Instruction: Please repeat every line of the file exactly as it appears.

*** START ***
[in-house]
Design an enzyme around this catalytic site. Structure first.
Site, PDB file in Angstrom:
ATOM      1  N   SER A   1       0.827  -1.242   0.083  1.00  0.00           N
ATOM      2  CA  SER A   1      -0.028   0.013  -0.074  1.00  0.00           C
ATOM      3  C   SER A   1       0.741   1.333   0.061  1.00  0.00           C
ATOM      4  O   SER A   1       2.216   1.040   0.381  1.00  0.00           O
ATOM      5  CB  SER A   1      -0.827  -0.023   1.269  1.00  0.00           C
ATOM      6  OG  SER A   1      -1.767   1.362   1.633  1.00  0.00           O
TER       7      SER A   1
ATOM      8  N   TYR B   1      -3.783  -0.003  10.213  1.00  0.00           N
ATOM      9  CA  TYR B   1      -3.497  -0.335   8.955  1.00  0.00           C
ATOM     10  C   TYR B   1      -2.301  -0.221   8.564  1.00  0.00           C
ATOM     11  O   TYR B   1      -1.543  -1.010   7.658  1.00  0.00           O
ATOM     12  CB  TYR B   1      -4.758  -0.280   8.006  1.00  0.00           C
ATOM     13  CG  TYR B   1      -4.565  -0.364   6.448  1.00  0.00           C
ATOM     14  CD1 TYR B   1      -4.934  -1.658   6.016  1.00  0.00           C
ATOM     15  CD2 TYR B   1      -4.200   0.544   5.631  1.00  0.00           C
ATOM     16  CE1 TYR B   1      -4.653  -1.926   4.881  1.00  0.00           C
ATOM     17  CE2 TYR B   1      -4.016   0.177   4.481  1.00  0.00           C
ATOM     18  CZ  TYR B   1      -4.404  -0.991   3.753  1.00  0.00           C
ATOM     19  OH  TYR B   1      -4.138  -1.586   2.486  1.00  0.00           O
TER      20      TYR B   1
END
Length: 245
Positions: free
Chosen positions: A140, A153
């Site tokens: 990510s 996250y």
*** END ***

[in-house]
Design an enzyme around this catalytic site. Structure first.
Site, PDB file in Angstrom:
ATOM      1  N   SER A   1       0.827  -1.242   0.083  1.00  0.00           N
ATOM      2  CA  SER A   1      -0.028   0.013  -0.074  1.00  0.00           C
ATOM      3  C   SER A   1       0.741   1.333   0.061  1.00  0.00           C
ATOM      4  O   SER A   1       2.216   1.040   0.381  1.00  0.00           O
ATOM      5  CB  SER A   1      -0.827  -0.023   1.269  1.00  0.00           C
ATOM      6  OG  SER A   1      -1.767   1.362   1.633  1.00  0.00           O
TER       7      SER A   1
ATOM      8  N   TYR B   1      -3.783  -0.003  10.213  1.00  0.00           N
ATOM      9  CA  TYR B   1      -3.497  -0.335   8.955  1.00  0.00           C
ATOM     10  C   TYR B   1      -2.301  -0.221   8.564  1.00  0.00           C
ATOM     11  O   TYR B   1      -1.543  -1.010   7.658  1.00  0.00           O
ATOM     12  CB  TYR B   1      -4.758  -0.280   8.006  1.00  0.00           C
ATOM     13  CG  TYR B   1      -4.565  -0.364   6.448  1.00  0.00           C
ATOM     14  CD1 TYR B   1      -4.934  -1.658   6.016  1.00  0.00           C
ATOM     15  CD2 TYR B   1      -4.200   0.544   5.631  1.00  0.00           C
ATOM     16  CE1 TYR B   1      -4.653  -1.926   4.881  1.00  0.00           C
ATOM     17  CE2 TYR B   1      -4.016   0.177   4.481  1.00  0.00           C
ATOM     18  CZ  TYR B   1      -4.404  -0.991   3.753  1.00  0.00           C
ATOM     19  OH  TYR B   1      -4.138  -1.586   2.486  1.00  0.00           O
TER      20      TYR B   1
END
Length: 245
Positions: free
Chosen positions: A140, A153
């Site tokens: 990510s 996250y």